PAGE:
Tock.

    It is true that this is largely down to the inherent mechanical design of a clock or watch (although some models do have “sweep” hands) but what I find close to unforgivable is that the precise toiling of the cogs and sprockets and springs and things is deliberately engineered that it grates on the aural senses with an audible “tick tock”.

    Tick.

    Not just every hour, or every minute, but every single second. Actually, sometimes more; smaller watches have the rapid tick-tick-tick-tick, a tick every half second or so.

    This ticking and tocking is arguably worse than the Japanese water torture where the irregular dripping of water causes psychological neurosis. But the regularity of the tick-tock means that the next one is expected. So we wait for it. And the next, and the next and the…

    Tock.

    …next.

    It’s an irrational crime against Analogue to interrupt or to mark the passing of predefined moments in such a way.

    Tick tock cuckoo.

    In this post I revealed what a Dutch clock is. Dutch clocks and grandfather clocks are the worst culprits as the swing of the pendulum creates such a thud of a tock that the body reverberates in an anti-echo of antagonised yearning of peace; their analogue glory gone in a sonorous din.

    And if that’s not enough, most models mark the passing of each hour – sometimes even each half and quarter hour – with further exclamations emanating from the time piece to remind us of their presence. Aargh, the distinct resonant tock of an old clock.

    A hammer hitting nails in the Analogue coffin. Their time is up, especially for those which have cuckoos or hideous figurines which come out and make quite literally a song and a dance about the time.

    Pepper pot, Zwolle
    The “Peperbus” (“Pepper pot”) in Zwolle, the Netherlands. Image courtesy: www.cloudshots.nl.

    The chimes of Big Ben (London) are world famous. Not so well known is The Peperbus (Zwolle, Holland) plays a variety of songs (including the theme song to The A-Team) prior to donging local (and some not-so-local) inhabitants to near audible death. (Or how some Londoners might pronounce it, deaf! 😉 ) Noise pollution. And yes (and bear in mind I say this as an unbiased practising Christian) I find the sound of a church bell untuneful, dull, and sickly lacking in sonic lustre or attraction.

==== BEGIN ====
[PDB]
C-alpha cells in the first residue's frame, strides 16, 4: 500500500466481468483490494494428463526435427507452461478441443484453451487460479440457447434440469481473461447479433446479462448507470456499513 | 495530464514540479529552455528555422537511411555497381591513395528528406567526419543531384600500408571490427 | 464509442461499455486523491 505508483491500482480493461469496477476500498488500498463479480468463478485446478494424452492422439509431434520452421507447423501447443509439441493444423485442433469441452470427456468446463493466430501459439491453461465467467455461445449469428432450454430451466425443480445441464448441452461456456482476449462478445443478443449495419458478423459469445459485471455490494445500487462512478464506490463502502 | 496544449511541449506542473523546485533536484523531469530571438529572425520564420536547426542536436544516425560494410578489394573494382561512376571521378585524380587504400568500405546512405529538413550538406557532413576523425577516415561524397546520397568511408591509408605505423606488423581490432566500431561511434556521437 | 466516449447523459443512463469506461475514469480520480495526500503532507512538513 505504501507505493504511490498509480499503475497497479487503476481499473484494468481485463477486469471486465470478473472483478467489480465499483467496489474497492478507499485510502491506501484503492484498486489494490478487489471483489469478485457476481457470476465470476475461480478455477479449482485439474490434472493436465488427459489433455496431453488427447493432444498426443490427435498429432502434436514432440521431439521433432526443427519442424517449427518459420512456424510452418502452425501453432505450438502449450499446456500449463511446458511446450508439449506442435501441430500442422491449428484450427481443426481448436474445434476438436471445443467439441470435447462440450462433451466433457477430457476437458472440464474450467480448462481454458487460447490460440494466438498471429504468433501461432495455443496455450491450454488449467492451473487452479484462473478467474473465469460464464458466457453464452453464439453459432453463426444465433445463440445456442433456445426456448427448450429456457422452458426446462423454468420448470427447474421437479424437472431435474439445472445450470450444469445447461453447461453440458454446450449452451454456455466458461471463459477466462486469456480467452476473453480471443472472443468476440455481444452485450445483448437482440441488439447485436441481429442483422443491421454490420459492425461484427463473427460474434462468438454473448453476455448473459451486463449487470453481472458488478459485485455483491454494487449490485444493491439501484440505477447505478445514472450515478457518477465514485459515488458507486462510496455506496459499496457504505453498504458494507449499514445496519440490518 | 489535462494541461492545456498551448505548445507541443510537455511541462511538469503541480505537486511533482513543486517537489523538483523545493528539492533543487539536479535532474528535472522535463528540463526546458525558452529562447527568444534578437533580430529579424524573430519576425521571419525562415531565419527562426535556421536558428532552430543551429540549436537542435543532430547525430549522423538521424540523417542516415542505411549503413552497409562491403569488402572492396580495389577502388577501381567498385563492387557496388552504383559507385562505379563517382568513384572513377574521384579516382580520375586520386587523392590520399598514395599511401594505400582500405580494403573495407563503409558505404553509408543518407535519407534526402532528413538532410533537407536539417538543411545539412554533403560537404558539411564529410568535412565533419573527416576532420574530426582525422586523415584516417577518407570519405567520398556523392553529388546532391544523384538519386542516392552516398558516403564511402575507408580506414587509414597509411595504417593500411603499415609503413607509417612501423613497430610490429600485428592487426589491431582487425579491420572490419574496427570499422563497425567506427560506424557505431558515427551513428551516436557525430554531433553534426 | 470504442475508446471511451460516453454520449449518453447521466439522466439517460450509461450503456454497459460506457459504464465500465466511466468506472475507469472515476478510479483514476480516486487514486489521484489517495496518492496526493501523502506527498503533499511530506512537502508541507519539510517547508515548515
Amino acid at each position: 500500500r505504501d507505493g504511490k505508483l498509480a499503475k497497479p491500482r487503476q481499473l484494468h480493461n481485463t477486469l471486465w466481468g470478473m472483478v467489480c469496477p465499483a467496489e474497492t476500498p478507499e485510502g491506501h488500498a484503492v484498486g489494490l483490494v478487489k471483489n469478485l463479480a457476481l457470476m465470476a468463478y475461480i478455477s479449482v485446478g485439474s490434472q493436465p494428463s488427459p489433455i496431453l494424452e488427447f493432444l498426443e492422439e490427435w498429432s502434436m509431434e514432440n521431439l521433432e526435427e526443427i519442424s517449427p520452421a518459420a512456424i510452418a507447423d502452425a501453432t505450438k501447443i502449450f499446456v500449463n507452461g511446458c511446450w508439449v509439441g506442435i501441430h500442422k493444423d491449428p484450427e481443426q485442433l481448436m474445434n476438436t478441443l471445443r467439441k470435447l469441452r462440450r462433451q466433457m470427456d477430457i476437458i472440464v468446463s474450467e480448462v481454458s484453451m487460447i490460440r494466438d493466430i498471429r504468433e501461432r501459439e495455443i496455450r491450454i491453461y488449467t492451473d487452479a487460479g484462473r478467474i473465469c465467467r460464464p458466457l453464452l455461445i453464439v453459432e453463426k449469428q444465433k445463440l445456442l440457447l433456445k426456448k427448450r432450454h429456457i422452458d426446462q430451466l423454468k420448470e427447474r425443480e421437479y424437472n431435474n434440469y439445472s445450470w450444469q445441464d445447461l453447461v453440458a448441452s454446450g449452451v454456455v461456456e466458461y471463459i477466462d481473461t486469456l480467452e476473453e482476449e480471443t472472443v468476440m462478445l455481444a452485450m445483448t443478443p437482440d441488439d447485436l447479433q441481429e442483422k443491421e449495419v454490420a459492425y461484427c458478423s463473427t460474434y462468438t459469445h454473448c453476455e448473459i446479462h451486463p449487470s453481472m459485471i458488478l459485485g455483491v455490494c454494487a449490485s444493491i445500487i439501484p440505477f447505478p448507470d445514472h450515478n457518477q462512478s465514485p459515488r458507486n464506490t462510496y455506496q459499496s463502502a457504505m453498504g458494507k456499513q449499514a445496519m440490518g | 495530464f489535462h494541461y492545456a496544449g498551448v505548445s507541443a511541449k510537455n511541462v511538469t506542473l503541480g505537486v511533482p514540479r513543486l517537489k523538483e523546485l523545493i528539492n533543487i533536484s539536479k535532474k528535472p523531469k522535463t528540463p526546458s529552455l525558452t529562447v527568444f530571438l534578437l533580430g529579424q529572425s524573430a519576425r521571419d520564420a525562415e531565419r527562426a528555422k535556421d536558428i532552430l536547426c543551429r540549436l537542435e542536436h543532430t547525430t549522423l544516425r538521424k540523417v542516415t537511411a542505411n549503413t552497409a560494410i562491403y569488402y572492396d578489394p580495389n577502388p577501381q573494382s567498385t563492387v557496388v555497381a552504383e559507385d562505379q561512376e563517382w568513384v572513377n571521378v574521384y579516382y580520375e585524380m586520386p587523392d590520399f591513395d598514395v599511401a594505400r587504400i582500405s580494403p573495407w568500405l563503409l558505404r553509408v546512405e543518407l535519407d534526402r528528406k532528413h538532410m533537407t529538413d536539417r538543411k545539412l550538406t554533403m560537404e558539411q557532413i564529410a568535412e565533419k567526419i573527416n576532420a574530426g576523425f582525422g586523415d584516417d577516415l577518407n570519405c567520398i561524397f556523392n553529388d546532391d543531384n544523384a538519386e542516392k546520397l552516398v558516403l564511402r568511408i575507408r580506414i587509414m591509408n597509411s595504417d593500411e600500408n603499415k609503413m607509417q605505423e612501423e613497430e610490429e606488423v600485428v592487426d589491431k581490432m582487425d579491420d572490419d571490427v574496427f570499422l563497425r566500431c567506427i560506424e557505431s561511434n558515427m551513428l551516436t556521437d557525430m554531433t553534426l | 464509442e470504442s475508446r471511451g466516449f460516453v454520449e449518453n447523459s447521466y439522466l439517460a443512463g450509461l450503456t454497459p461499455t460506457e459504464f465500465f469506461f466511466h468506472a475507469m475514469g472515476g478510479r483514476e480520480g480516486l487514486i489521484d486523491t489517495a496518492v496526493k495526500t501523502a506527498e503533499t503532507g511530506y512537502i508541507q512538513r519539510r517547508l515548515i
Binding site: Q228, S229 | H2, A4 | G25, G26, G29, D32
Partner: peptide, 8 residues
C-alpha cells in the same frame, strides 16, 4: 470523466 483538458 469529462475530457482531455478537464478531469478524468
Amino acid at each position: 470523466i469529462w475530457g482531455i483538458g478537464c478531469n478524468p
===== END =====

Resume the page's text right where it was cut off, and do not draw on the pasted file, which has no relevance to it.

Even my 2 year old daughter makes a more tuneful racket when thrashing a wooden spoon against the side of a baking tray (and admittedly I say that as a highly biased Dad!)

    The thing about digital watches

    The author of the Hitchhiker’s Guide to the Galaxy, Douglas Adams, made the comment in the first of that ‘trilogy’ (of 5…) that humans thought digital watches were “…a pretty neat idea”. And as a human, I tend to agree.

    Digital clock

    True, we need to read the time (numerically, in series) rather than ‘tell’ the time from a bizarre form of parallel (clock)face recognition.

    And it’s true that some morons set their digital watches to make an hourly chime.

    And it’s true that some digital watches have so many functions that the battery size required to power them all takes more space than my wife needs to parallel park.

    It’s also true some digital watches and clocks are too faint to read in daylight, or too bright to allow sleep at night and burn red holes in your retinas as you desperately try to count sheep.

    But digital watches and clocks are silent. There’s no noise with digital clocks. Silence is golden…they just simply let the time pass!

    A final thought: If analogue clocks have hands, shouldn’t digital clocks have fingers? 😉

    Paul

    A relatively simple lunch

    People say that we are all time travellers because we move through time at a rate of 1 second / second.

    I pointed out in my definition on what is time travel that this is not the case…if time is like a river and we sit on a boat floating on that river, we have an analogous case – we flow down-stream but we’re not in control. We drift; we don’t travel (except relative to the river bed).

    A friend pointed out that maybe describing time as a river isn’t strictly correct. According to the general theory of relativity (GR) time is relative and should be viewed on a local scale, whereas the picture of a flowing river is holistic (and therefore not covered by GR).

    However, the counter argument is that the river of time can be viewed – or indeed changed – on a local scale. A sand bank, or a large fish can locally affect the flow of water.

    And as a colleague pointed out – as in GR, a moving fish can eat a smaller fish and gain mass.